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Why ‘Shatranj Ke Khilari’ needs to be watched for its sheer prescience

Satyajit Ray's film, inspired by Premchand's story, shows a country laid bare to a relentless enemy, as it is now

Check mate: A still from Ray’s Shatranj Ke Khilari

Wajid Ali Shah ka samay thha. Lucknow vilasiata ke rang mein dooba hua thha, ameer, gareeb sab…” (It was Wajid Ali Shah’s time. Lucknow was drowning in decadence, rich, poor, everybody…).

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Munshi Premchand’s classic 1924 short story Shatranj Ke Khilari, published first in the magazine Madhuri, opens with these succinct sentences. With swift, deft strokes, the author builds a portrait of the decaying nawaabi culture, which was so much a part of the 1856 Lucknow — from the commonplace rooster fights and kite-flying, to the Kathak mehfils in Nawab Wajid Ali Shah’s ornate palace. The British troops are advancing, the Resident has delivered an ultimatum to the hapless ruler of Lucknow, and the writing is visible on the crimson paan-stained walls of one of the most beautiful cities of the Awadh region. But who’s bothered? Not our chess addicts, Mirza Sajjad Ali and Mir Roshan Ali, oblivious to their world crumbling around them.

It’s fitting that the first Hindi feature Satyajit Ray made is based on Premchand’s story, with its sharp recounting of time and place. Ray, whose centenary we are celebrating this month, expands on characters and events in his nearly two-hour film, but the focus remains on the two khilaris (players) as they go through their day, arranging the chess pieces, keeping their countless retainers on the run with a non-stop supply of hookahs and freshly-made paans, as well as keeping their wives at bay.

Sanjeev Kumar as Mirza and Saeed Jaffrey as Mir are the perfect couple, as they joust through the days and nights that follow: is there a hint of homoeroticism in the way they come apart and fit together? Or is chess, quite simply, better than sex? It would appear so, seeing Shabana Azmi’s doe-eyed desperation — as the lonely wife of Mirza, she tries unsuccessfully to get her husband back to her arms. In Mir’s haveli, other kinds of games are afoot: his wife, played by the sparkly Farida Jalal, is having it on with the young, handsome Farooq Shaikh, and the sequence in which the duo nearly gets caught is an abiding delight.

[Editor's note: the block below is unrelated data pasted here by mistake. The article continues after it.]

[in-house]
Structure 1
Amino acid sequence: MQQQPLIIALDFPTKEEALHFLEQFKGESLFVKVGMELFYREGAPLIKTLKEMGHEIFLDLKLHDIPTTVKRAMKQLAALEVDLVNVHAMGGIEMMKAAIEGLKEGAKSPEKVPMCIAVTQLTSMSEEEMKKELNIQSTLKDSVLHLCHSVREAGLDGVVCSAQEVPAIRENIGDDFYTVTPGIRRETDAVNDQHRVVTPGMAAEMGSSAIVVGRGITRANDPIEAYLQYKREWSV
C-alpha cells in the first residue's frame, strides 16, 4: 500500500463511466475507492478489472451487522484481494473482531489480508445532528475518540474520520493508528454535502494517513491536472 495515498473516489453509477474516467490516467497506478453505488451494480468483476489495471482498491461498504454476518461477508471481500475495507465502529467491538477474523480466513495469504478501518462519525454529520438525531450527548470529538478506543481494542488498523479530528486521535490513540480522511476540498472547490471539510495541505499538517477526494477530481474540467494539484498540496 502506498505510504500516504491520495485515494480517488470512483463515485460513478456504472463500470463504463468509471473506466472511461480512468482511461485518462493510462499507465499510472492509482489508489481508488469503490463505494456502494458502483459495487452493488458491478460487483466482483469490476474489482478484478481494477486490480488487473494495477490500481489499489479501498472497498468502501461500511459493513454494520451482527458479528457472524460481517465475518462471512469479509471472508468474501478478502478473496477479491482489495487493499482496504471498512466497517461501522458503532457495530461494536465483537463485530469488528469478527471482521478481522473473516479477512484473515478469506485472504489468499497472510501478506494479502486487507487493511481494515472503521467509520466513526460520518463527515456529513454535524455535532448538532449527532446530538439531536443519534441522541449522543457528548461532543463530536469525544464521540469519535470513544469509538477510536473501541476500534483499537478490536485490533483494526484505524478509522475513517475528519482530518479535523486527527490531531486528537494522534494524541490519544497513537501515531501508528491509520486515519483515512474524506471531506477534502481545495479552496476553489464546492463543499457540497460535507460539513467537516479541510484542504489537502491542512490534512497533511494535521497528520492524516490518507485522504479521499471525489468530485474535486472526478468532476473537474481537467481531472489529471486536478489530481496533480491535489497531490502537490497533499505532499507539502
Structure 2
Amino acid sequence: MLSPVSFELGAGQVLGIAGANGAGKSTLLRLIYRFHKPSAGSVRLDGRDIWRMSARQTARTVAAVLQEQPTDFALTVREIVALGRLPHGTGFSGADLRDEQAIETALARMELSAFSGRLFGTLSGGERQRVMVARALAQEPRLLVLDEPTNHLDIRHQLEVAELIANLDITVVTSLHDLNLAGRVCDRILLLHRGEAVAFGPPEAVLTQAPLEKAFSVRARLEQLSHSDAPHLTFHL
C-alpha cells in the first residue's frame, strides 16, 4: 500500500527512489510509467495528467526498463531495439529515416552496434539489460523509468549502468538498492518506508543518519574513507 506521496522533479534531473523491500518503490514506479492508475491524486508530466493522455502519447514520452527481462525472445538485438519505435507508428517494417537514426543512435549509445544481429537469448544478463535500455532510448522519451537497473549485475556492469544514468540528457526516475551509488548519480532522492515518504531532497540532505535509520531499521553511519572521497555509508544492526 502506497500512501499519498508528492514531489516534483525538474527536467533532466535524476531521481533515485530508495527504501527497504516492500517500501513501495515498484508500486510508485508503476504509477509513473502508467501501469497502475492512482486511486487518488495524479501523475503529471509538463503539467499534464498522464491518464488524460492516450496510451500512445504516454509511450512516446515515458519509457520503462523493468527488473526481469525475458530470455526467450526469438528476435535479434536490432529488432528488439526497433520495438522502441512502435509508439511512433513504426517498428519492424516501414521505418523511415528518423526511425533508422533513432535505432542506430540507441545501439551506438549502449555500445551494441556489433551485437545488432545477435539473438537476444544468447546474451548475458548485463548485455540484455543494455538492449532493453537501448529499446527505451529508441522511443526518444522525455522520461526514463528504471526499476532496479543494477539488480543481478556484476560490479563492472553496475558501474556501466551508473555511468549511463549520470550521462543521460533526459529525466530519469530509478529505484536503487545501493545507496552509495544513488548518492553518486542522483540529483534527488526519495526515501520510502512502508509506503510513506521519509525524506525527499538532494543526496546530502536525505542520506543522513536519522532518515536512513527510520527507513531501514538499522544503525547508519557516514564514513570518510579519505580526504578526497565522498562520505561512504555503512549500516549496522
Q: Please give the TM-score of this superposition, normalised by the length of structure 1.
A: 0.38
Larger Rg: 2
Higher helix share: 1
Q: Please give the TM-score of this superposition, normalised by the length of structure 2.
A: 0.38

I revisited the film again this week, and found a few Bollywood flourishes I had missed before. A few of Sanjeev Kumar’s expressions are familiar from his other movies. And Amjad Khan, as the weak, effete Wajid Ali Shah, is spot on much of the time, but in one sequence, where he comes across like a sulky baby rather than a powerful ruler, he sounds exactly as he had as Gabbar Singh in Sholay, which had made him famous two years earlier, in 1975. Jaffrey is perfect as is the narration by Amitabh Bachchan.

It’s hard to pick favourites from Ray’s expansive filmography. Among the ones I return to are the Apu Trilogy (1956-1959), Devi (1960), Mahanagar (1963), Charulata (1964), Nayak (1966), Aranyer Din Ratri (1970), the Felunath mysteries (1974-1979), Hirak Rajar Deshe (1980). But for sheer prescience, there’s nothing to beat Shatranj Ke Khilari: the country was then laid bare to a relentless enemy, as it is now.

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